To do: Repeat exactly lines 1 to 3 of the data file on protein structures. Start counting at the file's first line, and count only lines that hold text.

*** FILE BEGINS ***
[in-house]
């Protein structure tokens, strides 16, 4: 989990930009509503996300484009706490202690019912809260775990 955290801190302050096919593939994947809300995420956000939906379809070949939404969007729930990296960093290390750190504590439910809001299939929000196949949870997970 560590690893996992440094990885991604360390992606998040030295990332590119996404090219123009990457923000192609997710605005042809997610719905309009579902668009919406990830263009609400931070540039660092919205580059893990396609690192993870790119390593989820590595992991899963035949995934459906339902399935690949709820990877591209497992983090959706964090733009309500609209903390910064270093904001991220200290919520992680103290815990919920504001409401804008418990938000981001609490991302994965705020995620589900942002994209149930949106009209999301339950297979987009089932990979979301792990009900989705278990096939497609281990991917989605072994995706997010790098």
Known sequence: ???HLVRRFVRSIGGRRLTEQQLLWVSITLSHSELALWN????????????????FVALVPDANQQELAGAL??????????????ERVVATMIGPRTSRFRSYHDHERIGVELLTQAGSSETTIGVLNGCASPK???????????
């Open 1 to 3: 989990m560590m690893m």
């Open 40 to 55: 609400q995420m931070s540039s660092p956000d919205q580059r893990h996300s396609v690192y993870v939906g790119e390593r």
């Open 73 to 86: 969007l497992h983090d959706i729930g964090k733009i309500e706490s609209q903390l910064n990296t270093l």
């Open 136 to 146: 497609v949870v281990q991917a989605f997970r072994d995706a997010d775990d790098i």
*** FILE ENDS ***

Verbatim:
[in-house]
């Protein structure tokens, strides 16, 4: 989990930009509503996300484009706490202690019912809260775990 955290801190302050096919593939994947809300995420956000939906379809070949939404969007729930990296960093290390750190504590439910809001299939929000196949949870997970 560590690893996992440094990885991604360390992606998040030295990332590119996404090219123009990457923000192609997710605005042809997610719905309009579902668009919406990830263009609400931070540039660092919205580059893990396609690192993870790119390593989820590595992991899963035949995934459906339902399935690949709820990877591209497992983090959706964090733009309500609209903390910064270093904001991220200290919520992680103290815990919920504001409401804008418990938000981001609490991302994965705020995620589900942002994209149930949106009209999301339950297979987009089932990979979301792990009900989705278990096939497609281990991917989605072994995706997010790098």
Known sequence: ???HLVRRFVRSIGGRRLTEQQLLWVSITLSHSELALWN????????????????FVALVPDANQQELAGAL??????????????ERVVATMIGPRTSRFRSYHDHERIGVELLTQAGSSETTIGVLNGCASPK???????????